Bertrand Russell once pointed out, "Be scrupulously truthful, even if the truth is inconvenient, for it is more inconvenient when you try to conceal it."
I've always had a hard time with Russell's work even though I was trained in the philosophy of language and his work was included in most of the syllabi and curricula I explored. It wasn't till after my title that I realized why Russell never rubbed off on me. I naturally and intellectually respond to aesthetics, philosophically and ontologically. Ergo, it stands to reason that I'd lack a measure of attraction to him. Of all the areas of knowledge, he was intent on leaving one particular pursuit out: aesthetics.
Russell had a knack for concise speech, however, and some of his observations on human nature are inspiring. I'll list a few below and you can judge for yourselves. They might even inspire you to read more of his work. Or not. Maybe they'll inspire you to self-examine with more gusto and bravery.
Truth. It's hard, this. It's hard because it rarely is purely quantifiable. Often it resides in the realm of circumstance, accidental caprice, and personal validation. Different people measure experience differently. Truth is inconvenient when it threatens to expose self-interest and damage/harm of the other. Truth, however, should not predicate itself on scruples for if it did, it becomes conditioned on them. I am certain Russell would object to this. I was attracted to his work enough to know this much about it. The more truth is concealed, the more diseased the discourse it gives birth to. Any philosopher would be repulsed by this outcome. Granted, the context Russell had in mind might have had more to do with the pernicious nature of certain religious rhetoric but be that as it may, truth, measurable truth, has to be free of personal gain. It should answer to nothing and no one.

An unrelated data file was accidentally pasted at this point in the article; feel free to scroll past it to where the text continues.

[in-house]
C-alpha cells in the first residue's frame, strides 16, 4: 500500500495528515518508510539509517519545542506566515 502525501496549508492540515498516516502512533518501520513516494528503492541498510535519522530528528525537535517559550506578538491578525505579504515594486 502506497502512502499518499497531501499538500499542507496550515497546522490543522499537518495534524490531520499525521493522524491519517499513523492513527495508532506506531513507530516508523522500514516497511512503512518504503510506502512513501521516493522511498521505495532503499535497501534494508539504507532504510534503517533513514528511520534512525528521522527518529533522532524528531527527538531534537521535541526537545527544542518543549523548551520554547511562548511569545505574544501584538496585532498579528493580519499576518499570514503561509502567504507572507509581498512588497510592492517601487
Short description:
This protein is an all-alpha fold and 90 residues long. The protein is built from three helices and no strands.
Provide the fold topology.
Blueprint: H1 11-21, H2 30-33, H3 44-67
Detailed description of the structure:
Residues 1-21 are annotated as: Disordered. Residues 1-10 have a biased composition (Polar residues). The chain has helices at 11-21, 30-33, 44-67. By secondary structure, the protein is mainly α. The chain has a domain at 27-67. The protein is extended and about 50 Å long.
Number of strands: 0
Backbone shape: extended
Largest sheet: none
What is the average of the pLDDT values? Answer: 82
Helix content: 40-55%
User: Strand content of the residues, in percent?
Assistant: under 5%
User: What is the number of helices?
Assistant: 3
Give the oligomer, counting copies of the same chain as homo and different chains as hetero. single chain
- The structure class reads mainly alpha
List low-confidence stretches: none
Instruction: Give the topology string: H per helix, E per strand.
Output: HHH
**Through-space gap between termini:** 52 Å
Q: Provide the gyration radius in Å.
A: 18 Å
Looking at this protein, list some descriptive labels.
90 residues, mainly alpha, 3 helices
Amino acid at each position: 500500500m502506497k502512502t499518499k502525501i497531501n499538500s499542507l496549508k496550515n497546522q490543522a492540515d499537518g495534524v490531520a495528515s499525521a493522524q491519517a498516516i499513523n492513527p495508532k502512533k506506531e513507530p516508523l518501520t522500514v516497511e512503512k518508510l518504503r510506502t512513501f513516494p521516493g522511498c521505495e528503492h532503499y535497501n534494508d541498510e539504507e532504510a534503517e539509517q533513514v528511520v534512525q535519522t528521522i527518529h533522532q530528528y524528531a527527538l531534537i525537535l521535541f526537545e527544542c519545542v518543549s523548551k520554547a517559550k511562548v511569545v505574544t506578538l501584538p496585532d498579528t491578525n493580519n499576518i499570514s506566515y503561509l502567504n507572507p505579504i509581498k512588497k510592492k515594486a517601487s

In sum, here are a few of Russell's observations on an array of thing. Enjoy!
1) Do not feel absolutely certain of anything.
2) Do not think it worth while to proceed by concealing evidence, for the evidence is sure to come to light.
3) Never try to discourage thinking for you are sure to succeed.
4) Have no respect for the authority of others, for there are always contrary authorities to be found.
5) Do not use power to suppress opinions you think pernicious, for if you do the opinions will suppress you.
6) Do not fear to be eccentric in opinion, for every opinion now accepted was once eccentric.
7) Find more pleasure in intelligent dissent that in passive agreement, for, if you value intelligence as you should, the former implies a deeper agreement than the latter.
8) Do not feel envious of the happiness of those who live in a fool’s paradise, for only a fool will think that it is happiness.